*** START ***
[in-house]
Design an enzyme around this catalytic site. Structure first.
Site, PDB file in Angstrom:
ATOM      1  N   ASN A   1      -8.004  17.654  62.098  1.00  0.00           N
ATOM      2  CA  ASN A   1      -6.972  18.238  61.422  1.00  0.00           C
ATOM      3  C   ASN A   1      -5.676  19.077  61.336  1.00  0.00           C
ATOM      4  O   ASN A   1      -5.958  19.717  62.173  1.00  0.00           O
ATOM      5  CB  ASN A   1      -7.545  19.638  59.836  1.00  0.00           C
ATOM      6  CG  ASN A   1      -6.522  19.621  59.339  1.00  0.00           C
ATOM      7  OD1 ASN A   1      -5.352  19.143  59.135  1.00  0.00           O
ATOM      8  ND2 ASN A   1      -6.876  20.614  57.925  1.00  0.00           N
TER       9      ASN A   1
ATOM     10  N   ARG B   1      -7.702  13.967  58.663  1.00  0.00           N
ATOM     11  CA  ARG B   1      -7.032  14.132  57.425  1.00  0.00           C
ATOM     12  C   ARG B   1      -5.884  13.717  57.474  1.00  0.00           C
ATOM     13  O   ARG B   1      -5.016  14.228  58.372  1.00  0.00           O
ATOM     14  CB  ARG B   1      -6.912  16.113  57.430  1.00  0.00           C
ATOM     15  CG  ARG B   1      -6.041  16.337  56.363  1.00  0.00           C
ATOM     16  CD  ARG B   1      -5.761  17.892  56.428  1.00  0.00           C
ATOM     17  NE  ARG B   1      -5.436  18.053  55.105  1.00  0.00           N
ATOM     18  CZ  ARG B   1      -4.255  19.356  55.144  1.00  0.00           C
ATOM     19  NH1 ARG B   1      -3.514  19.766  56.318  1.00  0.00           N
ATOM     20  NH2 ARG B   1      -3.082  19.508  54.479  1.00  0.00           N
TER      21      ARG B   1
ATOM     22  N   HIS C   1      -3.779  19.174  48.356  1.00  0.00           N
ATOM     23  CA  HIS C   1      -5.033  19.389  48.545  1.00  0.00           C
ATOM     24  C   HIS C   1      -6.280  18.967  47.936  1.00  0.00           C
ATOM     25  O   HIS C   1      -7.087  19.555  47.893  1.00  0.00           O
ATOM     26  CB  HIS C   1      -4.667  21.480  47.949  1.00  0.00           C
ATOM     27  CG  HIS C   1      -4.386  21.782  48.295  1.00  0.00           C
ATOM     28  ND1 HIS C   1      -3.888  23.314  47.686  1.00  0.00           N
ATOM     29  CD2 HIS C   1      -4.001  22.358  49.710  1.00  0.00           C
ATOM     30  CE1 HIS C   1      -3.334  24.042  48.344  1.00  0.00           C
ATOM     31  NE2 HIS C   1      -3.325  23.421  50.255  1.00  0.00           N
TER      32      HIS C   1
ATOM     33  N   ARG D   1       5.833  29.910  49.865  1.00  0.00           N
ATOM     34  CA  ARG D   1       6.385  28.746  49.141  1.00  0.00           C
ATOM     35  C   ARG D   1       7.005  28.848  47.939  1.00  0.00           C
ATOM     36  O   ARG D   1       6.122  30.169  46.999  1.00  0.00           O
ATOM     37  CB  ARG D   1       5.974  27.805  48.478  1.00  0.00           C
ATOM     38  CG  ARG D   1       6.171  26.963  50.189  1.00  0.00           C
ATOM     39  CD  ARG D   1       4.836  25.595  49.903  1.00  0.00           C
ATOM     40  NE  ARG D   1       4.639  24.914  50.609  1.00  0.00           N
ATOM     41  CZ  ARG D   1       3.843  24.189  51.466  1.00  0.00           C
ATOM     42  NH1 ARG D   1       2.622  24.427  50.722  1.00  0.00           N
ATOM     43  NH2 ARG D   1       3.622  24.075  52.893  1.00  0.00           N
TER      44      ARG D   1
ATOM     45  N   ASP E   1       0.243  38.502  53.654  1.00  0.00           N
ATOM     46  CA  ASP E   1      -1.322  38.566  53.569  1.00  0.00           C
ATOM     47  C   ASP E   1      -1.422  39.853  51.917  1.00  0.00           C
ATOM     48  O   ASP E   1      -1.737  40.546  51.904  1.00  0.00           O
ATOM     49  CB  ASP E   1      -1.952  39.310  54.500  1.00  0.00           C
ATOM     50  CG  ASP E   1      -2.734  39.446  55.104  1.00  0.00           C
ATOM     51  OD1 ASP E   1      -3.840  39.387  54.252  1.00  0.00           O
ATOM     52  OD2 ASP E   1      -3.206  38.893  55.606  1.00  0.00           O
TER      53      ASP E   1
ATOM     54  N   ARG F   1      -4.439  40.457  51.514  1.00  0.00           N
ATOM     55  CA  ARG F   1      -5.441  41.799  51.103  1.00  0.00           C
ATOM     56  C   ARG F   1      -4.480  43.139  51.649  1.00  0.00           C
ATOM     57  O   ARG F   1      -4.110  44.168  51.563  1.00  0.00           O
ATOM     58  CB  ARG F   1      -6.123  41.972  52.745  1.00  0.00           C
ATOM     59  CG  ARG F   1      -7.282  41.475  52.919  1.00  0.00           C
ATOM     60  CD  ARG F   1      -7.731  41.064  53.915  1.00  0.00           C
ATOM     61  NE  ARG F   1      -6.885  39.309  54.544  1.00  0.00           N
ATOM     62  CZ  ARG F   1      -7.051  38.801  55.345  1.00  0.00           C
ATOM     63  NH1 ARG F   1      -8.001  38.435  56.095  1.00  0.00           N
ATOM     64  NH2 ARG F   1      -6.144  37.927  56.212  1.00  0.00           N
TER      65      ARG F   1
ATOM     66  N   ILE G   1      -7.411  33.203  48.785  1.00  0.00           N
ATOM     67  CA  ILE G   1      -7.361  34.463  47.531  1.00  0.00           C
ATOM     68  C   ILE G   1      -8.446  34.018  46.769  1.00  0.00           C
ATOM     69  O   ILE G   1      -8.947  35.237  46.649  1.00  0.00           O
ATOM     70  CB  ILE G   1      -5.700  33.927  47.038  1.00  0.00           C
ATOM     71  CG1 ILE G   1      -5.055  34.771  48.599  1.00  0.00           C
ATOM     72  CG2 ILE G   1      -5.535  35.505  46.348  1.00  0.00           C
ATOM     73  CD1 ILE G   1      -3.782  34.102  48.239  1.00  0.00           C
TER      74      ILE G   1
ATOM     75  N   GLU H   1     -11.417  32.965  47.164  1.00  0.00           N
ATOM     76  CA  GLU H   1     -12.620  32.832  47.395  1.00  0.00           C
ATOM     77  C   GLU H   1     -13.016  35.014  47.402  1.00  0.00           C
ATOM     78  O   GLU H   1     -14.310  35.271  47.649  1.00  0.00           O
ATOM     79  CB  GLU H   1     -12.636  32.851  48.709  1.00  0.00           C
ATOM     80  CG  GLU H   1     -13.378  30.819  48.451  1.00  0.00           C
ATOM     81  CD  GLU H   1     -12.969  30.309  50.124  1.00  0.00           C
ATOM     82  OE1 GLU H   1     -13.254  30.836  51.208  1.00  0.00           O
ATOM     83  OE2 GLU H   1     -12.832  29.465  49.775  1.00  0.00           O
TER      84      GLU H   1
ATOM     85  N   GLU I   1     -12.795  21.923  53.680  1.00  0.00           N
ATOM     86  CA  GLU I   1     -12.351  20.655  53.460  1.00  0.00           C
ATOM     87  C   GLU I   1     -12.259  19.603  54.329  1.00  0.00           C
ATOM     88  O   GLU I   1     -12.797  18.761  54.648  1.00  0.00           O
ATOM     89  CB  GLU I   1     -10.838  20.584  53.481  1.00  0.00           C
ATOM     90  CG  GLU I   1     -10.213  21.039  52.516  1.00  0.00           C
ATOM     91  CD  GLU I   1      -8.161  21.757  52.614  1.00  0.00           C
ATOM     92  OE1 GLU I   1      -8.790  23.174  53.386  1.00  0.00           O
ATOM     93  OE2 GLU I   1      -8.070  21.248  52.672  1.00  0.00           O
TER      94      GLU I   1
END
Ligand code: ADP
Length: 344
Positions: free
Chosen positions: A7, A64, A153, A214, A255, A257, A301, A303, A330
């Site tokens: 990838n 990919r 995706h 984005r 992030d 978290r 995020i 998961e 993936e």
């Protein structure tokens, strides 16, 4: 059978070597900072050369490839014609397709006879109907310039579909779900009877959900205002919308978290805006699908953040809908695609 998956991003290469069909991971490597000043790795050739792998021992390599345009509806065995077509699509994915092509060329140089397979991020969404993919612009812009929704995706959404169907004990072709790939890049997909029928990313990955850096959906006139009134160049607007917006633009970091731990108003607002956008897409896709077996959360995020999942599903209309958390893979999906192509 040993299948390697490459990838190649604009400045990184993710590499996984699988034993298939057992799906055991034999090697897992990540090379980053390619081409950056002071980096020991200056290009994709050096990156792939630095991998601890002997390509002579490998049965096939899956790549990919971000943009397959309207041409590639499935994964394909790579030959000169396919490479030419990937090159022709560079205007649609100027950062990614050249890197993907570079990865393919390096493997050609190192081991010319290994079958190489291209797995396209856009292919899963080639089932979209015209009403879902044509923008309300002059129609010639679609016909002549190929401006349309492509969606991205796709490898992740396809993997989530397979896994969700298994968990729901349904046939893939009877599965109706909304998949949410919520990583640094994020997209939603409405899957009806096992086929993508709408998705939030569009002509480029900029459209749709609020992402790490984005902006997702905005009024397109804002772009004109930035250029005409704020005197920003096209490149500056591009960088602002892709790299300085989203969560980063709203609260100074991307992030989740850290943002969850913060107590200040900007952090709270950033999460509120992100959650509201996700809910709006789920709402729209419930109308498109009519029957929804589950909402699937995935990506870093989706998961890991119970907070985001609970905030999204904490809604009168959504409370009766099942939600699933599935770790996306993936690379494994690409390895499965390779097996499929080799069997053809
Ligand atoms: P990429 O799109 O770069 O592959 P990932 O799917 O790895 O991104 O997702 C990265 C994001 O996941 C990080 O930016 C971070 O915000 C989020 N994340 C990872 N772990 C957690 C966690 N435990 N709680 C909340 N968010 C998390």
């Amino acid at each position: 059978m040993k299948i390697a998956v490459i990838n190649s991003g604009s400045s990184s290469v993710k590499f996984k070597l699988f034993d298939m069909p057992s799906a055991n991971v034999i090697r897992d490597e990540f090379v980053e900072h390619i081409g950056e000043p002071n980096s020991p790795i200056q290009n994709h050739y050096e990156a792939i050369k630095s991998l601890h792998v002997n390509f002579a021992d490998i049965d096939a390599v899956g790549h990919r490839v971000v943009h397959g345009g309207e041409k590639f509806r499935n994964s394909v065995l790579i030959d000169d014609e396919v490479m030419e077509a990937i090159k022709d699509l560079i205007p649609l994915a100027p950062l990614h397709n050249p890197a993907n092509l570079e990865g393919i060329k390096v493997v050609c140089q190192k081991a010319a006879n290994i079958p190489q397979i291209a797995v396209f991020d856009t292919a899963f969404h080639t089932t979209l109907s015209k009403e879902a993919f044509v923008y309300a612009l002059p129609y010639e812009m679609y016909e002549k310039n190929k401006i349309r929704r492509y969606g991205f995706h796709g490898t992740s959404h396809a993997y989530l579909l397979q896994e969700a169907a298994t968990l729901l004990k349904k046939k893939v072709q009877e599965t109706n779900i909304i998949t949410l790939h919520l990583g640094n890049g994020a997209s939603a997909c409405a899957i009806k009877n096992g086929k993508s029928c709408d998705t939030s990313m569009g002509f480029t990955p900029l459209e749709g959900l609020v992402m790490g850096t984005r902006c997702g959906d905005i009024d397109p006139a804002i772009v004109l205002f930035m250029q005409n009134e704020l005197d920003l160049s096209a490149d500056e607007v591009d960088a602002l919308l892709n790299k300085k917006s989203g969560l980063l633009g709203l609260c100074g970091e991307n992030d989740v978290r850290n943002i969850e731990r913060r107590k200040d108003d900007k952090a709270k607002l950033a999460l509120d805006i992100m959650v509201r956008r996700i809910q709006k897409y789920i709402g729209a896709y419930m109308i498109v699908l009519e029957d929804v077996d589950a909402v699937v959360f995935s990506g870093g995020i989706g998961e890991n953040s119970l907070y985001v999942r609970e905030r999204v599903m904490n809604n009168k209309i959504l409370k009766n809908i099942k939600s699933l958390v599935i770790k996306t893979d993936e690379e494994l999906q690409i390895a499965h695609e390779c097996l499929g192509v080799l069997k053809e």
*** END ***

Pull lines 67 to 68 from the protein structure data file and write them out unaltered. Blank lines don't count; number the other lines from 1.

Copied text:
ATOM     64  NH2 ARG F   1      -6.144  37.927  56.212  1.00  0.00           N
TER      65      ARG F   1